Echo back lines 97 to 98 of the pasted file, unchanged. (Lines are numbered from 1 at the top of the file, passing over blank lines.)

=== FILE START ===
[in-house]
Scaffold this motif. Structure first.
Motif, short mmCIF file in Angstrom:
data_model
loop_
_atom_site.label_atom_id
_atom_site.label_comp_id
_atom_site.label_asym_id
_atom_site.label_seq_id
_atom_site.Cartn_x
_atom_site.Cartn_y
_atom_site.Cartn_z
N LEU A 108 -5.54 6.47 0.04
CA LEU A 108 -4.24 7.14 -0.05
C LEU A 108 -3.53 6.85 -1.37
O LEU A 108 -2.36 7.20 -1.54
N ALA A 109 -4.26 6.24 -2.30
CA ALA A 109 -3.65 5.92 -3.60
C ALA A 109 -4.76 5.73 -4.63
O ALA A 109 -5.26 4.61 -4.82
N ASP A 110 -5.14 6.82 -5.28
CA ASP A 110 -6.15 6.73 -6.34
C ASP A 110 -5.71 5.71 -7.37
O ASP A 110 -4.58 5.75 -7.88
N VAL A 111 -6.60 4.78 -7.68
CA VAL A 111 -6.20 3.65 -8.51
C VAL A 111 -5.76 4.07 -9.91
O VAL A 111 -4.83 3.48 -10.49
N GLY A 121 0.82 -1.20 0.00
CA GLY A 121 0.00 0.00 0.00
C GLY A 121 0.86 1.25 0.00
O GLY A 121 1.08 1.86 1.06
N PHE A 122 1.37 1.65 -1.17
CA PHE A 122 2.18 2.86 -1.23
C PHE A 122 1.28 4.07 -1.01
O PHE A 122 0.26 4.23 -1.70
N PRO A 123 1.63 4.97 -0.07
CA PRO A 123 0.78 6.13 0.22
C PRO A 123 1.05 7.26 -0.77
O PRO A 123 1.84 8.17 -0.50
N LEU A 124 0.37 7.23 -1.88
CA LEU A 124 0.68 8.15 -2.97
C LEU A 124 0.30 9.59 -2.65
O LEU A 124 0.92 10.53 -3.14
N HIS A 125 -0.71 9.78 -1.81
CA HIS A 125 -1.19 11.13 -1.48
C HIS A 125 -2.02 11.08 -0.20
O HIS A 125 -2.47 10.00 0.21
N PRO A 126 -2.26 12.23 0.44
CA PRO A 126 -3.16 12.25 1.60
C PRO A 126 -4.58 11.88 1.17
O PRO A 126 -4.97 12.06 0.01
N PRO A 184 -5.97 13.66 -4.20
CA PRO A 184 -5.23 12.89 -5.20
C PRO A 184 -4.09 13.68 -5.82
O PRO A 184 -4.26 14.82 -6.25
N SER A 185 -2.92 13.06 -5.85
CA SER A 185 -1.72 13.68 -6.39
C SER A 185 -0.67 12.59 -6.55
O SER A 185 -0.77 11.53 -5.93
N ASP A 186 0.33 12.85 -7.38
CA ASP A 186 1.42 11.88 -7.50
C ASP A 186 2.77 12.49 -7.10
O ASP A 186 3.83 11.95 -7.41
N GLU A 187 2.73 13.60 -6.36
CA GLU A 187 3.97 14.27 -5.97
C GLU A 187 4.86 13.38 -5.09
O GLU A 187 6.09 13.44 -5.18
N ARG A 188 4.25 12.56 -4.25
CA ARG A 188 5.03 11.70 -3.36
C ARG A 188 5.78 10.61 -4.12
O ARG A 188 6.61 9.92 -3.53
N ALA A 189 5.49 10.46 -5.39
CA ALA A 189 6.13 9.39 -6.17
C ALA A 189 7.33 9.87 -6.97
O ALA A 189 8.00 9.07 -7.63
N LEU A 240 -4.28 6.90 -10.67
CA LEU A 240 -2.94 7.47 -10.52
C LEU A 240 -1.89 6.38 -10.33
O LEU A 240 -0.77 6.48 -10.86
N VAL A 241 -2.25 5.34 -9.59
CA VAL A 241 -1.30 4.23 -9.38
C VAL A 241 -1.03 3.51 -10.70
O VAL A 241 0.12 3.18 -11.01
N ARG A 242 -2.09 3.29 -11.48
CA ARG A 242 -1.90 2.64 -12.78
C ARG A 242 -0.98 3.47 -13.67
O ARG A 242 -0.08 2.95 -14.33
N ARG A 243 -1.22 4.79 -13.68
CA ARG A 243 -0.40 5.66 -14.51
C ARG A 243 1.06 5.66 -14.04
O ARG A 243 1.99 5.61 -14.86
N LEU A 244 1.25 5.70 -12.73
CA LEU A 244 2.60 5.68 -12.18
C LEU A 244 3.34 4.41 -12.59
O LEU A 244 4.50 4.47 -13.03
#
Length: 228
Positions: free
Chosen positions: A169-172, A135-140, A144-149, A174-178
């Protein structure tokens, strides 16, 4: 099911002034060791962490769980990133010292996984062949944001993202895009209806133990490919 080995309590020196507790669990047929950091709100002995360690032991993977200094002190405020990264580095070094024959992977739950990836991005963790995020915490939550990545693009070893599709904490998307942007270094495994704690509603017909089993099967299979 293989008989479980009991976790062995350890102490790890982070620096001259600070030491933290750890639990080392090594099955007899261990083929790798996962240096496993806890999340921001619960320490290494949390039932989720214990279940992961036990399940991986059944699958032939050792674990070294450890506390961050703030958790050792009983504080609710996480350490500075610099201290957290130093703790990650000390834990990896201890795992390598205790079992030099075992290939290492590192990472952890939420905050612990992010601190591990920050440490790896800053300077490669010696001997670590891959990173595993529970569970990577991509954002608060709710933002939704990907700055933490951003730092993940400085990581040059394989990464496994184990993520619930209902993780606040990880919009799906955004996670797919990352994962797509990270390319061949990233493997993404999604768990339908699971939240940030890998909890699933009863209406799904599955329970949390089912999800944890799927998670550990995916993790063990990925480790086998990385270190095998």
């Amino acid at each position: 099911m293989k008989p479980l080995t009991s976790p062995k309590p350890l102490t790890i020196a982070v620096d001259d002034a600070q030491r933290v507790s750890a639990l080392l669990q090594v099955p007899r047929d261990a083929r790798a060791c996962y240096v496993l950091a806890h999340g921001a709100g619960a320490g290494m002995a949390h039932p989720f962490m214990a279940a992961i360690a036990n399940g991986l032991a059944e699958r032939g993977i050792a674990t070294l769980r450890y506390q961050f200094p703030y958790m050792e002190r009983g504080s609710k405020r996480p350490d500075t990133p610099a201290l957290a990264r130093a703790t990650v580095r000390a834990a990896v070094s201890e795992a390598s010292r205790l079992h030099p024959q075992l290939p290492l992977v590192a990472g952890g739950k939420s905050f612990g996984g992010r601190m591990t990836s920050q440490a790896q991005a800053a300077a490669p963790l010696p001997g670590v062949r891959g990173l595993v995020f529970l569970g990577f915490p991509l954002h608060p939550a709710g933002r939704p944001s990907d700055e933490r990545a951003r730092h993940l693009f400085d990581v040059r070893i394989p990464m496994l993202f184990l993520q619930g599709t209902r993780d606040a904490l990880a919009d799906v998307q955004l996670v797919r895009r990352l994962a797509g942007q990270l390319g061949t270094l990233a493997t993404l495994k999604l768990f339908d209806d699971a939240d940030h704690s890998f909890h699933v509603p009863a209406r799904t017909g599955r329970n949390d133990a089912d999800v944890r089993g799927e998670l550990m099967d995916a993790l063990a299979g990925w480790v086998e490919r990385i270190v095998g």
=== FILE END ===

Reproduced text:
#
Length: 228